It has been widely reported that Alan Duncan MP believes that politicians have had to “live on rations” since the MP expenses scandal was revealed and that “No-one who’s done anything in the outside world or is capable of doing such a thing will ever come into this place ever again the way we’re going”. He has subsequently attempted to explain his comments away as being a “joke”.
It is a widely held belief in MPs circles and by many ill-informed commentators that MPs can, if they so choose, earn substantially more by taking employment outside of parliament. It is claimed that ‘restricting’ MPs pay rises and limiting their access to lucrative expenses will lead to fewer high quality people applying to become MPs.Ignoring the fact that, according to the Institute of Fiscal Studies, MPs remuneration already places them in the top 4% of income earners in the UK the claim that they could earn more in the private sector is simply unfounded. If it were true, surely most former MPs must have gone on to readily secure highly lucrative positions once they left parliament….
What Really Happens To Unemployed Politicians?
Published in October 2007, research by the School of Politics and International Studies at Leeds University investigated the experiences of Members of Parliament upon losing their seats (“Life after Losing or Leaving: The experience of former Members of Parliament” by Professor Kevin Theakston, Dr Ed Gouge and Dr Victoria Honeyman is based on a survey of 343 members of the cross-party Association of Former Members of Parliament in October 2006″ (* see my earlier post today 1.7.13 for the relevant links).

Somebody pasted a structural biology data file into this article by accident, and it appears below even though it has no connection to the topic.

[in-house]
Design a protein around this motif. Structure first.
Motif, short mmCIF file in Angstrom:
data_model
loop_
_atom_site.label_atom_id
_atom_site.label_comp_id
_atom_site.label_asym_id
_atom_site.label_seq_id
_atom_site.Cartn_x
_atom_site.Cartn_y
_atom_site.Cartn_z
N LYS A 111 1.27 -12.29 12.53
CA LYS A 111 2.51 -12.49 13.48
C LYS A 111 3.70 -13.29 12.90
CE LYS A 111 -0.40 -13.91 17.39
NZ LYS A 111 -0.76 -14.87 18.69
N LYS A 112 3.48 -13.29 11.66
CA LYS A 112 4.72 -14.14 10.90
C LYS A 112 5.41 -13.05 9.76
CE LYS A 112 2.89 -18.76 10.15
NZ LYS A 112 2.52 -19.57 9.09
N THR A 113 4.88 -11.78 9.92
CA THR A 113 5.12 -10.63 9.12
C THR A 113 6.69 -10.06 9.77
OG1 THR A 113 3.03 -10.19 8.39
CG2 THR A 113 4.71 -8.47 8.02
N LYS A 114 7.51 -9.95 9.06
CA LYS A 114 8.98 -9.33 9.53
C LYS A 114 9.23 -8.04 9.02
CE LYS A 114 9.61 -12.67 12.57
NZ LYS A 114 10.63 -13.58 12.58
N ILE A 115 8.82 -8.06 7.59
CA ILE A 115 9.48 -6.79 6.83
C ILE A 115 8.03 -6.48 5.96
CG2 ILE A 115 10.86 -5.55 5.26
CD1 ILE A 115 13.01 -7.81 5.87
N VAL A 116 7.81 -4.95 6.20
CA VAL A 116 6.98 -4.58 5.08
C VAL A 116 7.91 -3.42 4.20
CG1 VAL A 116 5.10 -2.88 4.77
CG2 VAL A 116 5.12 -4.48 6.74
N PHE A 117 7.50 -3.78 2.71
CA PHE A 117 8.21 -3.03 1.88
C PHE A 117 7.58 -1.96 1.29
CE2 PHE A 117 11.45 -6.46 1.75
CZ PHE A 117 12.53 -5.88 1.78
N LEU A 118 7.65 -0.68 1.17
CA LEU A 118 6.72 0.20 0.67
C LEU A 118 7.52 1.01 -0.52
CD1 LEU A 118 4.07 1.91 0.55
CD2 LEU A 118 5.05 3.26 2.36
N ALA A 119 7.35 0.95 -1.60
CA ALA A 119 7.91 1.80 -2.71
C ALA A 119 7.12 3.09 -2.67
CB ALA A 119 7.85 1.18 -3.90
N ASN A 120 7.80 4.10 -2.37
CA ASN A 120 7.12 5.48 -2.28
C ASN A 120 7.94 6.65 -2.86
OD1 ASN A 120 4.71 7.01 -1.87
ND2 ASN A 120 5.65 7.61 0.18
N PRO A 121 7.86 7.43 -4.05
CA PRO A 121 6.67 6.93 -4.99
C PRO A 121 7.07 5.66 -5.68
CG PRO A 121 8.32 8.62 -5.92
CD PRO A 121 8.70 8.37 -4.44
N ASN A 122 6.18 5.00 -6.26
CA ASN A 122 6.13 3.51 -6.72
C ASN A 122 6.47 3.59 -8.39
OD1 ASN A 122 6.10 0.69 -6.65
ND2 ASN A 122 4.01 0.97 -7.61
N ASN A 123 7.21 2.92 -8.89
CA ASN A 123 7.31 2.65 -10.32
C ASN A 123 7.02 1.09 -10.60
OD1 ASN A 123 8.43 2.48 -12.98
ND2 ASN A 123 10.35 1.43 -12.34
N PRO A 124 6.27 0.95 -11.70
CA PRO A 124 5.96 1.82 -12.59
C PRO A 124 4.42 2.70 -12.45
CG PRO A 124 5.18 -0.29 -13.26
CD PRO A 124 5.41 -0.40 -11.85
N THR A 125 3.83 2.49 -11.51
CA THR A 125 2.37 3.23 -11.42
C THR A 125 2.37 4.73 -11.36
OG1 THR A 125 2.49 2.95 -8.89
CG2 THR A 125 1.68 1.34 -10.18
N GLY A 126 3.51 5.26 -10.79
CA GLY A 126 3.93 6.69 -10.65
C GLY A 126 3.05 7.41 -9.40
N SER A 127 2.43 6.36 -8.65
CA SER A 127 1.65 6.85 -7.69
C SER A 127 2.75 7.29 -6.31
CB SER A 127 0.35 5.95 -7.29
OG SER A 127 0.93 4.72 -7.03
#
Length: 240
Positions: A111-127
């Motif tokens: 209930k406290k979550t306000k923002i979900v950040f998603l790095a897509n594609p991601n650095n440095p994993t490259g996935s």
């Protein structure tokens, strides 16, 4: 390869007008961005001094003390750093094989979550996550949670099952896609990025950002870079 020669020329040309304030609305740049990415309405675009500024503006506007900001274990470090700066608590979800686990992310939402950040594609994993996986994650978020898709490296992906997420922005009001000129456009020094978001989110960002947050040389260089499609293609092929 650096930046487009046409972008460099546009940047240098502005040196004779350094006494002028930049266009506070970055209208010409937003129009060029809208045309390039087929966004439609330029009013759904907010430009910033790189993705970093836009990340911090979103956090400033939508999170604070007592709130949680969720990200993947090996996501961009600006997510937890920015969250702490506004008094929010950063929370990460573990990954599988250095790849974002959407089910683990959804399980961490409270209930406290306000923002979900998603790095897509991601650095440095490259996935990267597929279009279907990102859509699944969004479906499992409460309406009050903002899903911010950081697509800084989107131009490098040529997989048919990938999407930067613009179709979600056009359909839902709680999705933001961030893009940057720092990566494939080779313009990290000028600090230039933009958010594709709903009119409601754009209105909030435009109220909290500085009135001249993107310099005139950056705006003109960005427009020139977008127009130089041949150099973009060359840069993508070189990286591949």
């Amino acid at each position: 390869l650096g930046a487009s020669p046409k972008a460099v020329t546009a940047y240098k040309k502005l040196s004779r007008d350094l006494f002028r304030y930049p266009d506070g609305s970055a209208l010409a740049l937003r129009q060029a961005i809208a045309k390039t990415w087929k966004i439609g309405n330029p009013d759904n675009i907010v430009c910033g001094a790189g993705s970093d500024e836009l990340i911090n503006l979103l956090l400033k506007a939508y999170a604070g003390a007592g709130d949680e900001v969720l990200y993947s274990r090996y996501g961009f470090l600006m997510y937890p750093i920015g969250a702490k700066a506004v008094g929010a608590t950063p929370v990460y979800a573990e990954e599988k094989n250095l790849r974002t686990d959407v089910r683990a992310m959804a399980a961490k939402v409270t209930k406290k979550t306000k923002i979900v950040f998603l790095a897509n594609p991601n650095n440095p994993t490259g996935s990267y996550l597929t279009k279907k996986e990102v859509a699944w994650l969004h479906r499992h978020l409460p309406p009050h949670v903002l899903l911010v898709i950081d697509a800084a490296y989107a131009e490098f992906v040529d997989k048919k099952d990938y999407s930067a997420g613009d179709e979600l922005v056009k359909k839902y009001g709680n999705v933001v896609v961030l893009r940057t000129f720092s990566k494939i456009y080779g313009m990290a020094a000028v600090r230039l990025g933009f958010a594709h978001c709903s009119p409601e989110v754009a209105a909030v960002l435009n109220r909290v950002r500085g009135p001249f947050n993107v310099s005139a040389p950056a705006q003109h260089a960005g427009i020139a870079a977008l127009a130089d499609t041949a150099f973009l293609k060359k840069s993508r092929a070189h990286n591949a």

The findings challenged the common perception that former MPs readily find lucrative employment. About half of those who left involuntarily reported that it had taken between three and six months to find a new job and one in seven took over 12 months. Only 20 per cent said they were able to find work immediately or almost immediately. About 40 per cent of respondents experienced loss of income, with 20 per cent earning “about the same”. One third said they were financially better off after leaving Parliament. In Professor Theakston’s own words “Politics is a non-commercial career and our report shows that the idea that there are hundreds of ex-MPs walking into cushy and lucrative jobs is rubbish.”
It is about time that MPs recognised that, as they do not require the years of training of doctors, lawyers, accountants and other similar professionals they should not expect to be rewarded in the same manner. Perhaps if the current crop of party leaders paid more than lip service to the concept of public service we would have a higher quality of individual entering the parliamentary fray.